A Dynamic Sectorisation Operational Trial has just been launched by the FAB. What does this mean for airlines and how will they benefit?
MD: While the full concept is some years away the airlines should benefit from some more direct routings much sooner. The Operational Trial will be a key enabler in the development of dynamically shared airspace which is probably the best way I can understand and explain what a FAB actually means. Dynamic Sectorisation in high level sectors potentially offers increased free route opportunities which will further blur the edges between Oceanic and Domestic airspace and between ANSPs. My hope is that the DSOT will act as the foundation stone for many of the benefits the airlines have long waited for from the FAB process.
TM: This is one of the most exciting recent developments within the FAB from an airline perspective. We hope to see many benefits from this trial and eventual implementation primarily from airspace optimization, service resilience and cost savings.
What do you see the role of the FAB being in meeting the price reduction targets we are likely to see set for RP2?
MD: I think that in some respects our FAB has put itself at a disadvantage in that it has already implemented many projects that have produced significant cost efficiencies over the past five years unlike other FABs which have yet to engage with their airline customers let alone deliver any improvements.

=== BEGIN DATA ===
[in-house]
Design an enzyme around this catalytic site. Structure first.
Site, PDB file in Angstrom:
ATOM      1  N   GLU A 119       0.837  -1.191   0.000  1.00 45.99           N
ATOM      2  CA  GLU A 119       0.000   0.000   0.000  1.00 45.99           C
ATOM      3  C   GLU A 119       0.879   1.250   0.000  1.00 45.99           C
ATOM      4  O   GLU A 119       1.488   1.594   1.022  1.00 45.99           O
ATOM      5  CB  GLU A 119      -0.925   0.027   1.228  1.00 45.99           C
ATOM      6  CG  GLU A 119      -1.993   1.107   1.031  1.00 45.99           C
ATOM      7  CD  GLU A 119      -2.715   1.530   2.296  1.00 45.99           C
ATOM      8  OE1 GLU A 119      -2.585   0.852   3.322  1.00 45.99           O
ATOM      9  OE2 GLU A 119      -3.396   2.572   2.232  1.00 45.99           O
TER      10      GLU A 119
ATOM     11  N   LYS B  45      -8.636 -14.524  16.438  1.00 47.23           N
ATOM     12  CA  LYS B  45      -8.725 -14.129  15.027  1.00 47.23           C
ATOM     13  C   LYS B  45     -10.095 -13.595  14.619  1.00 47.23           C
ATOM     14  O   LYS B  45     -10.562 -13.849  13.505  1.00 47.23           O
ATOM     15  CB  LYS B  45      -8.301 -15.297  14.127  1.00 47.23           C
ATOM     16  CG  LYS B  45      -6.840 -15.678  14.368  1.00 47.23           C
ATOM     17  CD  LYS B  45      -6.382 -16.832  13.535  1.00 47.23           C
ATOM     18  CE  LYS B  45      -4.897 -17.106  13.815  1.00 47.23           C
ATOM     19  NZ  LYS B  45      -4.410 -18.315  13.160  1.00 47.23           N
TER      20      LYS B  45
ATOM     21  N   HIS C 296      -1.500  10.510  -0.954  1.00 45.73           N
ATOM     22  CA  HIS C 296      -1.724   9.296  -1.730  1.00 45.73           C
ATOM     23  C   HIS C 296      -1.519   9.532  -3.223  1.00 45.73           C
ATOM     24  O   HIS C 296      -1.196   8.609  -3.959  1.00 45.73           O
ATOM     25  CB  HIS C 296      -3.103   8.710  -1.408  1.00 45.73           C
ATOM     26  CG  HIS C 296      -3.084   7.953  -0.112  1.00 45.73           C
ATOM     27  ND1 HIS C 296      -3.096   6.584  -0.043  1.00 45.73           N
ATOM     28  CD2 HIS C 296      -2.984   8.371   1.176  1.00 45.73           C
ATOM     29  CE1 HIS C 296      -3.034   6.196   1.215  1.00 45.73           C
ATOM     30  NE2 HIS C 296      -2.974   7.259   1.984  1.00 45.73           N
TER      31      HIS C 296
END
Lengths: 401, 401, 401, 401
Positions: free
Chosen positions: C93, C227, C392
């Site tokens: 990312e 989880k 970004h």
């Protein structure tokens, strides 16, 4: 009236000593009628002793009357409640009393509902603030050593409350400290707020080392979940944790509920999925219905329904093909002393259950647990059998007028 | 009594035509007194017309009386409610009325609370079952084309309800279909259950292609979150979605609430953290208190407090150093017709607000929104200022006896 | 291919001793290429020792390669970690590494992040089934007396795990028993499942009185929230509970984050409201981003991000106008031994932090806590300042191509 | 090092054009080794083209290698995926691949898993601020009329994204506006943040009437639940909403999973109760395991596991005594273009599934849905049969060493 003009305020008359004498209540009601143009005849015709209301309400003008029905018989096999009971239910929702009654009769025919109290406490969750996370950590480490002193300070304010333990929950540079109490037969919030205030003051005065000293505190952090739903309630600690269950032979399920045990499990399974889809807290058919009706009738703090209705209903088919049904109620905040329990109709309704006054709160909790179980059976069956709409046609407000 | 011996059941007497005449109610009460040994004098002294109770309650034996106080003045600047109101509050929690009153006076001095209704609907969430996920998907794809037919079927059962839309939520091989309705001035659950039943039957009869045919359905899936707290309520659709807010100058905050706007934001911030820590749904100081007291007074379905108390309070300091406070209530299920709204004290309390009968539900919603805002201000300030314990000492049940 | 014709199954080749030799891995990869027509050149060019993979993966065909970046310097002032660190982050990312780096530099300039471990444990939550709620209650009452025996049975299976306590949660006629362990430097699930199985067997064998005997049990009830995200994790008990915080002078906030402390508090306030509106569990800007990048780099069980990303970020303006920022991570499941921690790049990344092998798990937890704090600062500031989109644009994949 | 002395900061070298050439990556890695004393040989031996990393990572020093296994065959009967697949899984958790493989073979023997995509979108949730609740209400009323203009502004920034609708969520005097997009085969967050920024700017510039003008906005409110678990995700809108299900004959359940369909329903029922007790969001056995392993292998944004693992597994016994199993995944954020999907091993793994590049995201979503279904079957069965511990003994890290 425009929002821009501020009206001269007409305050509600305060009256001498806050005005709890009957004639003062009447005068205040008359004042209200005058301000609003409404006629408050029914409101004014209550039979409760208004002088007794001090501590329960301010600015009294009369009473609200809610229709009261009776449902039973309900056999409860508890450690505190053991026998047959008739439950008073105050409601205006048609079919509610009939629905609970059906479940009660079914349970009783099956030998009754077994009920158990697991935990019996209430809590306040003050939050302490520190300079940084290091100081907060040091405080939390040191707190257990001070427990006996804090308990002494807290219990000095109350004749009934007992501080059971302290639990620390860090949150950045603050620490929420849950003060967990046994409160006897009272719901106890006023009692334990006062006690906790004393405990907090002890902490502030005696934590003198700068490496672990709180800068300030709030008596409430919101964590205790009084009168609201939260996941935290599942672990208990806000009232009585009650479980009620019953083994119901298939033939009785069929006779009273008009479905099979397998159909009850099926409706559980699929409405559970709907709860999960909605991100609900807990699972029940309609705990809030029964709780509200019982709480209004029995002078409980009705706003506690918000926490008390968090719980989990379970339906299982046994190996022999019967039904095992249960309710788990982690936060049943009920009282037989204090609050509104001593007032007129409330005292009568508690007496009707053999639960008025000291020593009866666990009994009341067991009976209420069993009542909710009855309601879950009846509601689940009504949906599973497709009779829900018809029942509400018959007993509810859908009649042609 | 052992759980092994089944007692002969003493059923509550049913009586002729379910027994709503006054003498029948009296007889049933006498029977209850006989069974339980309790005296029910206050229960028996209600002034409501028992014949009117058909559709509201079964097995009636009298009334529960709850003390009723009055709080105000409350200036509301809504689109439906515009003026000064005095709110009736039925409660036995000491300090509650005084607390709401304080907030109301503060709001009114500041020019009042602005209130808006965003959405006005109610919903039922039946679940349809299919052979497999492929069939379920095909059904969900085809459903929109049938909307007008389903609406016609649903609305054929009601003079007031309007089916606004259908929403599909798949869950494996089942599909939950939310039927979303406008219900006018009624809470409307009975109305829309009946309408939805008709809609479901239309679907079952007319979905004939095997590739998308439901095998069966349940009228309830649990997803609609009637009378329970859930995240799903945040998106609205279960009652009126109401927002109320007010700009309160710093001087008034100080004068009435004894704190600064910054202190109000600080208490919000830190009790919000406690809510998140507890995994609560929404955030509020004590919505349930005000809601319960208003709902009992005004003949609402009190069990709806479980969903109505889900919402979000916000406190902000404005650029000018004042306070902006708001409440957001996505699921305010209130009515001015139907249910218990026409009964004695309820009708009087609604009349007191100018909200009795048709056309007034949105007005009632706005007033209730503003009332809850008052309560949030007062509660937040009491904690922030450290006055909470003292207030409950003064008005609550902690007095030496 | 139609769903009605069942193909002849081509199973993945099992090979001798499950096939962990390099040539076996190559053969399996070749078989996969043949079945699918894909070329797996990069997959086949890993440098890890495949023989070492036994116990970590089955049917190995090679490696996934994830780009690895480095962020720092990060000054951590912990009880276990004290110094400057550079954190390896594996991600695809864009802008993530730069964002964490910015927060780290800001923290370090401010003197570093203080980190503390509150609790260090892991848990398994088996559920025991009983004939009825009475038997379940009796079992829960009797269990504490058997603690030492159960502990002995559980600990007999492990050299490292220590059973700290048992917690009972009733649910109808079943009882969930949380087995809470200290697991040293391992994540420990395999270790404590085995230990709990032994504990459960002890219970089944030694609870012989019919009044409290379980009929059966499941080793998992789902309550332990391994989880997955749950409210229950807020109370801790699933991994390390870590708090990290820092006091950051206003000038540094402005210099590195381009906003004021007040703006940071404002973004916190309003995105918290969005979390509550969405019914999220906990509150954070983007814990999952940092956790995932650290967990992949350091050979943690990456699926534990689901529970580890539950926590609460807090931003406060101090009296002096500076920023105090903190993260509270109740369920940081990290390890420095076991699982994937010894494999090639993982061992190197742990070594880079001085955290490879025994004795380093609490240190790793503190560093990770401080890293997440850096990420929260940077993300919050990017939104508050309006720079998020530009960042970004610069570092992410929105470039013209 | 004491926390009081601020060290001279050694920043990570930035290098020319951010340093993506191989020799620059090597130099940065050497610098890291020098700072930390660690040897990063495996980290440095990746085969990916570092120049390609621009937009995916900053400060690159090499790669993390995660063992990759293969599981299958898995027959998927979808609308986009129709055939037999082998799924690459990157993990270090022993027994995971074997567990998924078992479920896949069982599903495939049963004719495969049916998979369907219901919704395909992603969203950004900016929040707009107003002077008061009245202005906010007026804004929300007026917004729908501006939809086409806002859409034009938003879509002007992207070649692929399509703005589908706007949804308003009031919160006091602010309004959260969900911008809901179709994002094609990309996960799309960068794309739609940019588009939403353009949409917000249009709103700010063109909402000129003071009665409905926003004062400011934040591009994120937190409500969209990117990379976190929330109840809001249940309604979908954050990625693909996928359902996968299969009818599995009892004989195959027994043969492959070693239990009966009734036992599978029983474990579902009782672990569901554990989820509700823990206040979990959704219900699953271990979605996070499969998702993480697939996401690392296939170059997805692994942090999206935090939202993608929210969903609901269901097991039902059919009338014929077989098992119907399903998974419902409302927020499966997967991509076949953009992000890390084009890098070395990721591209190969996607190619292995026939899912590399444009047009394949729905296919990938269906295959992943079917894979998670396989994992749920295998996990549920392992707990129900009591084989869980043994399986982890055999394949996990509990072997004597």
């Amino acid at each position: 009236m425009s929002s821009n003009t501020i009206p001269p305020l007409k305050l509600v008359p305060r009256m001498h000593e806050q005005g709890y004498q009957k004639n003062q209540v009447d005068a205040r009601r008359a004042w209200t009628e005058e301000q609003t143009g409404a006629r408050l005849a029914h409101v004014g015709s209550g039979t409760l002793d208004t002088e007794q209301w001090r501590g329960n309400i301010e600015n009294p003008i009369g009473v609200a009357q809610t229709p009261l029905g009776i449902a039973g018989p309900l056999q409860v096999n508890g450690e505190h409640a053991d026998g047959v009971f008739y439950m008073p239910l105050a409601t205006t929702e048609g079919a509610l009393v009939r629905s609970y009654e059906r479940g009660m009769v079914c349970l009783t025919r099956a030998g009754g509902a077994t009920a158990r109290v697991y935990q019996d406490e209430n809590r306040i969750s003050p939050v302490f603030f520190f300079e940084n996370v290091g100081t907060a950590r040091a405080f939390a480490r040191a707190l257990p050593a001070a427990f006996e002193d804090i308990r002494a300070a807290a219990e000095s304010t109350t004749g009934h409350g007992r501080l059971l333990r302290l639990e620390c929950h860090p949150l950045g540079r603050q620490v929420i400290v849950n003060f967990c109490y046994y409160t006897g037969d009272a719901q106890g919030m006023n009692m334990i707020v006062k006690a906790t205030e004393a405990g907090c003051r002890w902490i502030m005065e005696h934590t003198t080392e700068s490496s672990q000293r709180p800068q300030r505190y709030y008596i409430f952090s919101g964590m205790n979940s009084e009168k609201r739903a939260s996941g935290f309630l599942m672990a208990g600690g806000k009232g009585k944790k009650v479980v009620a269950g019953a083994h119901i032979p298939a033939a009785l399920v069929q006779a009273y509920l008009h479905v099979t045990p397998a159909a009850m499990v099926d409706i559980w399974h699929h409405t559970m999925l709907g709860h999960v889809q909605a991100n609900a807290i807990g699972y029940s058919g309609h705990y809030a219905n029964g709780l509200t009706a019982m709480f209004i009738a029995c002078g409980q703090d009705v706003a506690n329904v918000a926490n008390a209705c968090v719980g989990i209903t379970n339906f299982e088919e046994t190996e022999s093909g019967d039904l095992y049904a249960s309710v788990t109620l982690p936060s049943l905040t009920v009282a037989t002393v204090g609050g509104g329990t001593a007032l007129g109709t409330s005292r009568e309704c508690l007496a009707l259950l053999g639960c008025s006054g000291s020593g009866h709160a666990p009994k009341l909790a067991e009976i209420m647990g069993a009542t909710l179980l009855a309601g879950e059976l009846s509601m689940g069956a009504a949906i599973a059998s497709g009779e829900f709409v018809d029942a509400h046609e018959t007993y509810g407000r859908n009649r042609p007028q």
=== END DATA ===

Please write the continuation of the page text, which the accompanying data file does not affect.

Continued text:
TM: It is encouraging to see the FAB take the stance that the PRB proposals are a minimum and not a maximum goal. This speaks volumes about the people involved in the FAB and how they continue to strive to be a leader and not a follower.
What are the main things you’d like to see the FAB focus on in the next 12 months?
MD: Operationally the Queue Management programme and the High Level Sectors project will be of key importance. At a more strategic level the work being done on RP2 will be a priority– not least because the final output will be a joint UK-Ireland FAB Plan. Changes to the FAB Governance structure will ensure the FAB is better able to manage a more performance-driven regime.
TM: Efficiency gains! The world economy is changing faster than anyone can keep track of and if the FAB cannot provide more value for money in their service provision then it will impact all sectors of this industry. Long haul carriers focus on minimum cost routings as opposed to minimum fuel routings so it makes no sense to promote environmental concerns in one breath and not provide efficiency gains in another. Yet I believe the FAB realizes this and it is the driving force in many of the decisions being made.
I would like to close by acknowledging the FAB members for their realization of the importance of industry inclusion and input into their process. This type of collaboration is a proven recipe for success and one that simply must continue. It is simply an honor to be associated with the UK/IFAB and I firmly believe that the future for this FAB is one of world leadershi